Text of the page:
The irony of the Polaroid story is that the company could have been one of the leaders in the digital photography revolution. It had been doing research into digital imaging as far back as the 1960s. By 1989, 42% of the company’s research and development funding was going to digital imaging.
Why were DiCamillo and his team so reluctant to put more of Polaroid’s chips on digital innovation? One reason was the company’s business model at the time. The vast majority of Polaroid’s profits came from instant film, which had gross margins well over 65%. If DiCamillo was going to throw that business over for something else, he felt it needed to be something that could match or top those margins.
But no such profit machine presented itself. Meanwhile, the company was buckling under a $1B debt load it had been racking up since the 1980s. DiCamillo eventually attempted to steer Polaroid in a more digital-friendly direction with the development of the Opal and Onyx digital photographic printers, but not in time to save the business. It filed for bankruptcy in October 2001, and DiCamillo announced his resignation the following year.
Polaroid continued to struggle in the years after DiCamillo’s departure, filing for bankruptcy a second time in 2008 and going through 6 CEOs between 2005 and 2009.
However, the company’s fortunes have improved in more recent years, thanks to strategic licensing partnerships and expansion into tablets, television, and digital media.
The nostalgia cycle has been kind to Polaroid as well. One of the company’s most successful products, Polaroid Pic-300, is a throwback to the brand’s instant film days. Seen as fun, retro, and refreshingly analog in an overwhelmingly digital world, the camera is now particularly popular with the demographic DiCamillo struggled to win back in the late 1990s: teens and young adults.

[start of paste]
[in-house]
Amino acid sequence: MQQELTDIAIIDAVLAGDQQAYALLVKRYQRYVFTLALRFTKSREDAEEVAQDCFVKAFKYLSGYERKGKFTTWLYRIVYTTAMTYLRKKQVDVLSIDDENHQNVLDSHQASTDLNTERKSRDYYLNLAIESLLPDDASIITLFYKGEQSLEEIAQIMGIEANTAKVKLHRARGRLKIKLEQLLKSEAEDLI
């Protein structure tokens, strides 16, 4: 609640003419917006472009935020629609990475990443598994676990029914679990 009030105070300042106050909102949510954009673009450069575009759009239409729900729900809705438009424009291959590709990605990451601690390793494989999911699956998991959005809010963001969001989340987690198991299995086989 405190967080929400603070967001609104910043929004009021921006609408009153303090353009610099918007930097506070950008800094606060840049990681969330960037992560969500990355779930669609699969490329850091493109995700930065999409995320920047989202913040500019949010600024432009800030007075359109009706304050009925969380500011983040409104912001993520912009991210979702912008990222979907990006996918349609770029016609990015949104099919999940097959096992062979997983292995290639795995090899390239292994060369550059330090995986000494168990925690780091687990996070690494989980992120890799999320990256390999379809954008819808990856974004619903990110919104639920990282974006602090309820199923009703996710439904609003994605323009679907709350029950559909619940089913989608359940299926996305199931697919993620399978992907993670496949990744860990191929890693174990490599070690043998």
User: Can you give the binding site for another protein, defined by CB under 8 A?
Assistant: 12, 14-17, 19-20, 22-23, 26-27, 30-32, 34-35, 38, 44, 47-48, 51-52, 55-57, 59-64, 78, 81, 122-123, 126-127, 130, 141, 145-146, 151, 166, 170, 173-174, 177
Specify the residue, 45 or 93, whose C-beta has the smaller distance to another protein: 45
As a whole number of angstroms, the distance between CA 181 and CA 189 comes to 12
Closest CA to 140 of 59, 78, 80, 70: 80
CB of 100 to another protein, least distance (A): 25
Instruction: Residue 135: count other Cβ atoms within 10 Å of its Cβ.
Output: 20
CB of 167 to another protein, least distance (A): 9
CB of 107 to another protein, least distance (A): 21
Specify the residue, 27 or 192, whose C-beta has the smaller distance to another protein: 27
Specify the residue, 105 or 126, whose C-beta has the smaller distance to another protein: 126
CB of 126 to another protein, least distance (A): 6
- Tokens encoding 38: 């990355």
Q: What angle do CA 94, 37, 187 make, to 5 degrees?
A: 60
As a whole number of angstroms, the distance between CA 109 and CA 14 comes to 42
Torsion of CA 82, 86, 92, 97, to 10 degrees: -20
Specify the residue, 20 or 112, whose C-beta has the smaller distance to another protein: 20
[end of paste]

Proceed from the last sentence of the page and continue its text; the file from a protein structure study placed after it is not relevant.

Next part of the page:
4. John Antioco (2007, Blockbuster)
How a movie rental exec missed out on a $150B opportunity and made changes that were too little, too late
The story of Blockbuster’s disruption is practically business legend: in 2000, a tech founder named Reed Hastings approached Blockbuster CEO John Antioco about the possibility of acquiring his startup, a movie rental company called Netflix, for $50M. Antioco turned down the offer.
Netflix went on to become a $150B company, Antioco was out as CEO by 2007, and Blockbuster was bankrupt by 2010.
However, there’s more to the story than meets the eye. Antioco did turn down an acquisition and a partnership deal with Netflix in the early days, but by the mid-2000s he realized the threat that it posed, and started to make changes he hoped would help Blockbuster compete. These included discontinuing late fees and investing in an online platform, Blockbuster Total Access.
Some of the measures started to pay off: The company’s stock price gained in 2006, but still fell far short of the $30 per share it had commanded at its height in 2002.
Blockbuster’s profits were on the decline for 4 years leading up to Antioco’s departure. Source: Harvard Business Review
Antioco had less success winning buy-in for his strategy from Blockbuster’s Board of Directors, however. Noted activist investor Carl Icahn, in particular, proved a stumbling block: Icahn questioned Antioco’s strategy, especially the decision to end late fees, which was a significant source of profits for the chain. He began advocating for Antioco’s ouster as early as 2005.
As it was, things didn’t improve for Blockbuster once Antioco was gone. His replacement, James Keyes, unwound much of Antioco’s work in advancing Blockbuster’s digital presence in favor of doubling down on the brick-and-mortar business. At one point, Keyes eyed acquiring ailing electronics chain Circuit City, which was feeling the “disruption drain” itself as Amazon expanded into the electronics space. The deal never went through, and Blockbuster’s fortunes never improved either.
Icahn softened in his assessment of Antioco in the years following his departure, saying in 2011 that while he still considered Blockbuster “the worst investment I ever made,” Antioco “did a good job in executing on Blockbuster’s Total Access program” and could potentially have fended off Netflix over time.
When the company filed for Chapter 11 bankruptcy in 2010, it was valued at around $24M. Netflix was already valued at around $13B. In 2011, Blockbuster was acquired by Dish Network for $320M.
5. Mike Lazaridis & Jim Balsillie (2012, BlackBerry)
How Blackberry’s executives got comfortable at the top, then lost their lunch to Apple